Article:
How HR Can Avoid Pain Points and Stay on Track With ACA Compliance

How HR Can Avoid Pain Points and Stay on Track With ACA Compliance

This article was updated on July 26, 2018.

Staying on track with ACA compliance is among the most complex issues facing HR leaders today. Studies by the Society for Human Resource Management (SHRM) indicate that the costliest year for ACA compliance is likely 2016, with 33 percent of employers anticipating expenses related to "reporting, disclosure and notification requirements." However, the risk of non-compliance can be an immense source of stress for HR teams at organizations of all sizes.

If your organization has had trouble meeting the IRS filing deadlines or has fallen behind in data-tracking, you may be feeling a sense of panic about future deadlines. As organizations work to meet requirements for notification and reporting, there's a number of internal and external deadlines that must be met in order to avoid non-compliance. If you're at risk of missing deadlines, identifying potential bottlenecks at your organization could be the key to risk mitigation.

Systemizing Your ACA Compliance Efforts

Organizations who were scrambling to properly complete reporting requirements for Forms 1094-C and 1095-C may have fallen prey to some of the most common pitfalls. The ADP Research Institute® has found that 51 percent of large employers and 46 percent of midsized businesses feel unprepared for annual reporting requirements. Common areas of concern may include:

  • Administrative review of eligibility
  • Implementing workforce-wide time tracking
  • Correctly applying full-time definitions

If you were behind because of one of those reasons or another issue, a unified approach to meeting reporting deadlines could be necessary. While benefits administration has traditionally been primarily an HR-driven function, ACA requirements may mandate internal collaboration. Executive buy-in could be beneficial for encouraging employee compliance with internal deadlines, while collaboration with IT could be necessary for information security risk mitigation. Advice from trusted compliance or qualified legal counsel is another necessity for many. For organizations who have fallen behind on internal timelines, organization-wide efforts could provide the resources to catch up.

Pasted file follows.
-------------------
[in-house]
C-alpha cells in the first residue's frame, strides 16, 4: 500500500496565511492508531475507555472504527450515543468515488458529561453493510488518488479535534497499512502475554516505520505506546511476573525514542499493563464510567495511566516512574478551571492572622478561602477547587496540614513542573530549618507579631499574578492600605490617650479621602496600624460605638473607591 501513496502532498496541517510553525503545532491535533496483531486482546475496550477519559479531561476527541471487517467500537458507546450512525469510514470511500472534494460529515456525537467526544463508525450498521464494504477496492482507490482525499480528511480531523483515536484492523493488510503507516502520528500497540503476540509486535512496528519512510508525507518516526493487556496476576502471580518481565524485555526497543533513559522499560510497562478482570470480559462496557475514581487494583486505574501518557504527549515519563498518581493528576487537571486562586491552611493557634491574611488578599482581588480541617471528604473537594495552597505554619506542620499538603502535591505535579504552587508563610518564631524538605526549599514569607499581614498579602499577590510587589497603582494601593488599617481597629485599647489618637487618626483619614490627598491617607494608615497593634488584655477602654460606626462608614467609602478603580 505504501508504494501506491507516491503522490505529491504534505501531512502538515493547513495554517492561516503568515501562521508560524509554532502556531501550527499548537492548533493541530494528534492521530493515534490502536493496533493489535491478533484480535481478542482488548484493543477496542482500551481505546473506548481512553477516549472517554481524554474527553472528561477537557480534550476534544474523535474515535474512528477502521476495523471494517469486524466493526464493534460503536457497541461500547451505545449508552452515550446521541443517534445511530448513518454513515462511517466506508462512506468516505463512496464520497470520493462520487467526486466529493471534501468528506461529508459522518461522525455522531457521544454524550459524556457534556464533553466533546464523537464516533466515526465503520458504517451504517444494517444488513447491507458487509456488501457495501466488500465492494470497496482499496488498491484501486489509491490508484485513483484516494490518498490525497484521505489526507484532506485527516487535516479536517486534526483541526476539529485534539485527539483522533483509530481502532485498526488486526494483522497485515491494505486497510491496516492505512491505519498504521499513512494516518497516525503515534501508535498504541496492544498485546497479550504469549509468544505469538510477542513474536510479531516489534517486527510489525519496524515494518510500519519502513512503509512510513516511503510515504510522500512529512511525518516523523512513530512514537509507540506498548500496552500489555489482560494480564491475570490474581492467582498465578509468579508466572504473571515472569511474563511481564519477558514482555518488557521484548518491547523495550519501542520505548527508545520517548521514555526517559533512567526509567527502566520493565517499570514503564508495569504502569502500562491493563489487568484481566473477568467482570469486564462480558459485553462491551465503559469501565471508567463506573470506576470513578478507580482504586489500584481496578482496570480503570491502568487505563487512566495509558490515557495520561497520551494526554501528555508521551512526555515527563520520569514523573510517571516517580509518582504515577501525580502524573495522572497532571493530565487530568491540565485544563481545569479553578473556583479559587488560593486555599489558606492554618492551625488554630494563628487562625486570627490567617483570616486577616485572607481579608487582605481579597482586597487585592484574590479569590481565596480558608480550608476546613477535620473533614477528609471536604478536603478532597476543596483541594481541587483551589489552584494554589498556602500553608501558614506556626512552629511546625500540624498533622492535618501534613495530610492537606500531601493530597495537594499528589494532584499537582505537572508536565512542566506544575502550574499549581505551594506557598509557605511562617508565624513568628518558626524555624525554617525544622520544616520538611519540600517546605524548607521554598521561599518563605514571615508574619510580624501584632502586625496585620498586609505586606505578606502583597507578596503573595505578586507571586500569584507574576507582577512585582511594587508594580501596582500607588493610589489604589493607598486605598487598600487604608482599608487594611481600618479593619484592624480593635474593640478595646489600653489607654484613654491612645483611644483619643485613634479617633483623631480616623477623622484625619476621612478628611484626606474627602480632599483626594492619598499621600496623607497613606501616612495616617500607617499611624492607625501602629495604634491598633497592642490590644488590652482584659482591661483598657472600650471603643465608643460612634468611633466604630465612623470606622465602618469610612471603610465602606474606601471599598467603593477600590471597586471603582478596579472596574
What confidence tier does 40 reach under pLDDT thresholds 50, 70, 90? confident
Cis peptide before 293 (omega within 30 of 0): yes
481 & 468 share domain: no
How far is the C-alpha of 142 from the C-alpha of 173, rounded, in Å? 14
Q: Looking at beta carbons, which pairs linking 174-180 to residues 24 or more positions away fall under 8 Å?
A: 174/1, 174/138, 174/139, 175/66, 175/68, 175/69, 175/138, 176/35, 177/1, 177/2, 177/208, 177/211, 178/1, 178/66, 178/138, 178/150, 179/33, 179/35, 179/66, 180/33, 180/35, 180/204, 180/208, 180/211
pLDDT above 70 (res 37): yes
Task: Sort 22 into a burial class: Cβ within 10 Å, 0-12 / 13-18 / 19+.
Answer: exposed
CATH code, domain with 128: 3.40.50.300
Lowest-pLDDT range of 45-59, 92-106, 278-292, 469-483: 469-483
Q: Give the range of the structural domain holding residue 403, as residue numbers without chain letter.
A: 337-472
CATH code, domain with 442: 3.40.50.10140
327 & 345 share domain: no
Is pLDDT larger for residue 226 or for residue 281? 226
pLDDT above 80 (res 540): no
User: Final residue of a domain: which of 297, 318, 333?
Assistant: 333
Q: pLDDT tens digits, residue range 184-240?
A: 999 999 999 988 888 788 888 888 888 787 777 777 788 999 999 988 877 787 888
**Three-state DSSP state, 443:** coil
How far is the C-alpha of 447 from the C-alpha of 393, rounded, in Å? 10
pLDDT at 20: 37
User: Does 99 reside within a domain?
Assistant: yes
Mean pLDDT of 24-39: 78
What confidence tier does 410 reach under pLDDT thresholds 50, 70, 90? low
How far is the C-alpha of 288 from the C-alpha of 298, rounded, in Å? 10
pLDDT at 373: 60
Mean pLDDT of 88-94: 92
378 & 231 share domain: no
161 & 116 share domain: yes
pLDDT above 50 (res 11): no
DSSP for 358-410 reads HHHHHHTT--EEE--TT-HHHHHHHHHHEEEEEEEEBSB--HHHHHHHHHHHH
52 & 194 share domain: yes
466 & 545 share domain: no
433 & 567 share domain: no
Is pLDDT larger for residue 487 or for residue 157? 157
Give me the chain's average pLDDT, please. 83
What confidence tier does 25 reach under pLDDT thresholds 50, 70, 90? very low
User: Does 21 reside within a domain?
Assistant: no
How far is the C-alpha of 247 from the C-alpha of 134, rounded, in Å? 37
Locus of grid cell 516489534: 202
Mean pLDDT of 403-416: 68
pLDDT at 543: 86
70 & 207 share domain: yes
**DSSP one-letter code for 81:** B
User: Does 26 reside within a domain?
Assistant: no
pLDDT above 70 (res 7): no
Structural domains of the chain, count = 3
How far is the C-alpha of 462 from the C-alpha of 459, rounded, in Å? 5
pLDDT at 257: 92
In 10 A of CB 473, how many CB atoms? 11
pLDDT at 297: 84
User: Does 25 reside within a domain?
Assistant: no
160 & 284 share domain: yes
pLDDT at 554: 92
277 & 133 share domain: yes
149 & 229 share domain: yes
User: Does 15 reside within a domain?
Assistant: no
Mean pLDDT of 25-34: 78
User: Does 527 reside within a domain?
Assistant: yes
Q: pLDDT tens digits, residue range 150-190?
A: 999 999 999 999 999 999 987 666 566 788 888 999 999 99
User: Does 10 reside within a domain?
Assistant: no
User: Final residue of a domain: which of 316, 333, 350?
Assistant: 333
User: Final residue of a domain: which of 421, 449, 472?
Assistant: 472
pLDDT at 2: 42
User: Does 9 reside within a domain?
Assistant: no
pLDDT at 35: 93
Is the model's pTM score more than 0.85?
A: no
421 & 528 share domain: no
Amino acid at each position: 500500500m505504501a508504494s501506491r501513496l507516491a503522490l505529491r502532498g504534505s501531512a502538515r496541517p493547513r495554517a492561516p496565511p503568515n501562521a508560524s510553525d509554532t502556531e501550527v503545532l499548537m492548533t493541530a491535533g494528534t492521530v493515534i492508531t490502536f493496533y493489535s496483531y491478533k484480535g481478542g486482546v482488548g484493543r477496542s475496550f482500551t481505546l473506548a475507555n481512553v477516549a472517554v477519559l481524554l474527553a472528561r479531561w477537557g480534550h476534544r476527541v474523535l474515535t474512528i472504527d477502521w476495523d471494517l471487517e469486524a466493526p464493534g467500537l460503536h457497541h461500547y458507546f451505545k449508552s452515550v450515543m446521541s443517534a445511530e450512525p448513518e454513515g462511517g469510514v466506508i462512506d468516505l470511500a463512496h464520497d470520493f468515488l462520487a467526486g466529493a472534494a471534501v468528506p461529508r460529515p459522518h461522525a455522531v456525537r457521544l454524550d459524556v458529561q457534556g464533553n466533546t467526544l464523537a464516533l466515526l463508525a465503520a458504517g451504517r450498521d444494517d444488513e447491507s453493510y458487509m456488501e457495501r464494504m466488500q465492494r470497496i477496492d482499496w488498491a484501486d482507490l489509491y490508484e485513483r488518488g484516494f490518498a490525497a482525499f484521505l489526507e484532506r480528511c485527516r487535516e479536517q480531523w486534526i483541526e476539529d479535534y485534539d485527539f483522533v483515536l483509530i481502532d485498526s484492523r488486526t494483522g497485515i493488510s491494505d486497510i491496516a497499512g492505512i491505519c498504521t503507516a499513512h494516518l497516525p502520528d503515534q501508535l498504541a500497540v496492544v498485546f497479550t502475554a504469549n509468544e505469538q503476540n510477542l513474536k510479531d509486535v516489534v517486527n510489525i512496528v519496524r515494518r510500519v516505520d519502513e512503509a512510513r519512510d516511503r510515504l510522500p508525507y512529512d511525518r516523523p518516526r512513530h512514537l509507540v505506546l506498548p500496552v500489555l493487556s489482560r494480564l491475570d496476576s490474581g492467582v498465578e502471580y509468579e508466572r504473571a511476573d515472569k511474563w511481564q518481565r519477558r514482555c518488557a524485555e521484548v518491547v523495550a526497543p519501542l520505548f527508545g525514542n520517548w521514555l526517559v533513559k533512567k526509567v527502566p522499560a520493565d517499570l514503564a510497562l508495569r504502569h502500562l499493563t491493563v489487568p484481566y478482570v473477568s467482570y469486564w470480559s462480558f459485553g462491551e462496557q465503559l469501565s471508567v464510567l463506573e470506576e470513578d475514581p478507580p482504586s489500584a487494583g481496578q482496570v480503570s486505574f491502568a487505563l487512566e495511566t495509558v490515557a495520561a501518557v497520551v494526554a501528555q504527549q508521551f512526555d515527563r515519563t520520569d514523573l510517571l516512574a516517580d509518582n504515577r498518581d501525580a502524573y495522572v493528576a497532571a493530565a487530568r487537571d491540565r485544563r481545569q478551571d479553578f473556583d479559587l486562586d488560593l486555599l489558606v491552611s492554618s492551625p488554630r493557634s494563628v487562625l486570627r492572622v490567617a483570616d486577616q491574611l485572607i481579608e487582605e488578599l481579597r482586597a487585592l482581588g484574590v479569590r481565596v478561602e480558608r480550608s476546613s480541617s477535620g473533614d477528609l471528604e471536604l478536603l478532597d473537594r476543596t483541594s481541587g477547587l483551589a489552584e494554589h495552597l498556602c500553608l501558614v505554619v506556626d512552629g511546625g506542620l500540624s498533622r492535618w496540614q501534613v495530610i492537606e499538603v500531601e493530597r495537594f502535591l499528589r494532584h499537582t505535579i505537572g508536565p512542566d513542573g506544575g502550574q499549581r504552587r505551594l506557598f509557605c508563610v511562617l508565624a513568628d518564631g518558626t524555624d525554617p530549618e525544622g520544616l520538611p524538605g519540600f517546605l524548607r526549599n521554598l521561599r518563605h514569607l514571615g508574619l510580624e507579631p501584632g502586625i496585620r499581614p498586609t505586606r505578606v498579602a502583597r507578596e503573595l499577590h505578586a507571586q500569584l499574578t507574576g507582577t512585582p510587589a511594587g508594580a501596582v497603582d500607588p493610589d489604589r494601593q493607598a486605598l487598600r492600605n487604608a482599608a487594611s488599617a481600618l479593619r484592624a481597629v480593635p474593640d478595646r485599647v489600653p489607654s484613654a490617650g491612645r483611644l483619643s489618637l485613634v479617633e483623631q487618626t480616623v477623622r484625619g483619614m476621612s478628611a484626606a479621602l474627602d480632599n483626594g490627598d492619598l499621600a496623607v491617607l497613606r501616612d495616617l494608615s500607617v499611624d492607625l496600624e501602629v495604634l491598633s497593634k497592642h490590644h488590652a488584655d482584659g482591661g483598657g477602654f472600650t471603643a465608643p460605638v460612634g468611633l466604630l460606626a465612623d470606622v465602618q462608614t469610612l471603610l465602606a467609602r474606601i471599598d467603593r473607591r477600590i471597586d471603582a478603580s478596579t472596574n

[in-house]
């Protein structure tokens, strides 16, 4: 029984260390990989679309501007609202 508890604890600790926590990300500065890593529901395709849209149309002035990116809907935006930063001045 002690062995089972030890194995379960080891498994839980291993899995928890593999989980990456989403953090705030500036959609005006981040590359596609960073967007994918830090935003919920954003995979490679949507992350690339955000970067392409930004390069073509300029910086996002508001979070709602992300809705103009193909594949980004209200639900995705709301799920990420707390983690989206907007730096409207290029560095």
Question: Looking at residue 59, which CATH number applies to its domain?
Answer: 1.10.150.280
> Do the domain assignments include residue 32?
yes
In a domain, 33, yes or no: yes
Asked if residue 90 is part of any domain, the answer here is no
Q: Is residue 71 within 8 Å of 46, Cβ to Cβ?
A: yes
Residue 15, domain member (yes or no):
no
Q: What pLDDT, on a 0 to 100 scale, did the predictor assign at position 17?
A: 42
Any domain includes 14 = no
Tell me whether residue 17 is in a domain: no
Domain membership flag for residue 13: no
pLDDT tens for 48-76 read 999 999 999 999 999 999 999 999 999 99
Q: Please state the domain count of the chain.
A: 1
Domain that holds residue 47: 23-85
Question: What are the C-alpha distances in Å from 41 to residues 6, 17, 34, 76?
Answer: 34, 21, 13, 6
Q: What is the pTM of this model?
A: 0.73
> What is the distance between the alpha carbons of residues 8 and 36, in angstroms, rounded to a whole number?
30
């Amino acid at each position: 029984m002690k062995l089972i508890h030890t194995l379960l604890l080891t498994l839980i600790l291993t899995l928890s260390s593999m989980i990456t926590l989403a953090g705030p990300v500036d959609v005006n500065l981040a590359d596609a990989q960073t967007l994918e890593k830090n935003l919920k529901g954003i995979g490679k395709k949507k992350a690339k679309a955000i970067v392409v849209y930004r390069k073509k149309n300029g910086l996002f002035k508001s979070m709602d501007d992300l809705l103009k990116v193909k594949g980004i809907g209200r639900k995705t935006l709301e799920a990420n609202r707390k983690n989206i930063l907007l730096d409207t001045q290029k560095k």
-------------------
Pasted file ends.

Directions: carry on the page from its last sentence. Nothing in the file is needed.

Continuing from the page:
One of the smartest things HR teams can do is to continue to prepare for the year to come. Switching away from paper time sheets, implementing enterprise-wide time-tracking solutions and aligning processes with ACA requirements can ensure you're not already falling behind.

Evaluate Your Technology

Organizations that have been relying on simple payroll systems should evaluate whether their technology has simplified tracking and reporting requirements, particularly at organizations with a complex workforce. SHRM highlights that many payroll solutions aren't optimized for determining full-time status based on time-tracking or look-back, which can require extensive administrative effort to verify reporting requirements. At many large or midsized organizations, old or sparse technology can introduce unnecessary pain points into ACA reporting.

Consider Gathering Data Early

Filing ahead of the deadlines could present a challenge, but organizations should consider prioritizing data collection in future years. Early data collection can allow sufficient time for quality assurance, which can be particularly crucial if you're pulling data from multiple systems, vendors and sources. According to an ADP study, How Companies Did ACA Compliance, "employee benefits data not ready" was a top-cited reason for missing the original IRS filing deadline, among those who did not distribute Form 1095-C by March 31. In many instances, data suggests that due to the sheer complexity of assimilating data from multiple sources, organizations reached a point where their combined payroll, benefits and HR data simply was not ready. If your previous filing experience has revealed quality and consistency issues, consolidating your future data collection efforts with a single vendor may remove a significant amount of difficulties and risk from the process.

For many HR teams, recent years have represented something of a "test drive" for staying on track with ACA compliance as requirements continue to evolve. For teams who are concerned about looming deadlines or just starting to already feel behind in their time-tracking efforts, a comprehensive approach to collaboration could be necessary to mitigate non-compliance risk. To reduce trouble spots and bottlenecks heading into the coming year, organizations should invest in tools to make reporting and classification as simple as possible.